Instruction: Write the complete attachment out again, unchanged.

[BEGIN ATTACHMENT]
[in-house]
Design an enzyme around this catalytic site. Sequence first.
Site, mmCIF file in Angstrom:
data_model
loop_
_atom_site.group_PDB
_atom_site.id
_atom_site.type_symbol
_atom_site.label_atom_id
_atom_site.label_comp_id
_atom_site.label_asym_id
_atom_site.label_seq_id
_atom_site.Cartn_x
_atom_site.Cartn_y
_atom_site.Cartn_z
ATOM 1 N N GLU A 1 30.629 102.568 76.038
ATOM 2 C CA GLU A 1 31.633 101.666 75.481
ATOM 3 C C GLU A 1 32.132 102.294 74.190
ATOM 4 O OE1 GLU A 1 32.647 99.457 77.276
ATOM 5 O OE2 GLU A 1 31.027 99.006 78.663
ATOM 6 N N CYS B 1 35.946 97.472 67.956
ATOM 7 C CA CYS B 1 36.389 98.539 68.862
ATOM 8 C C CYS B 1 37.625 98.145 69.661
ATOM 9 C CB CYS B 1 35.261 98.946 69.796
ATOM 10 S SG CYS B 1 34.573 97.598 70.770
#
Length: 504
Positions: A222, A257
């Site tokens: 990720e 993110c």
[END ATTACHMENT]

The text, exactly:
[in-house]
Design an enzyme around this catalytic site. Sequence first.
Site, mmCIF file in Angstrom:
data_model
loop_
_atom_site.group_PDB
_atom_site.id
_atom_site.type_symbol
_atom_site.label_atom_id
_atom_site.label_comp_id
_atom_site.label_asym_id
_atom_site.label_seq_id
_atom_site.Cartn_x
_atom_site.Cartn_y
_atom_site.Cartn_z
ATOM 1 N N GLU A 1 30.629 102.568 76.038
ATOM 2 C CA GLU A 1 31.633 101.666 75.481
ATOM 3 C C GLU A 1 32.132 102.294 74.190
ATOM 4 O OE1 GLU A 1 32.647 99.457 77.276
ATOM 5 O OE2 GLU A 1 31.027 99.006 78.663
ATOM 6 N N CYS B 1 35.946 97.472 67.956
ATOM 7 C CA CYS B 1 36.389 98.539 68.862
ATOM 8 C C CYS B 1 37.625 98.145 69.661
ATOM 9 C CB CYS B 1 35.261 98.946 69.796
ATOM 10 S SG CYS B 1 34.573 97.598 70.770
#
Length: 504
Positions: A222, A257
């Site tokens: 990720e 993110c």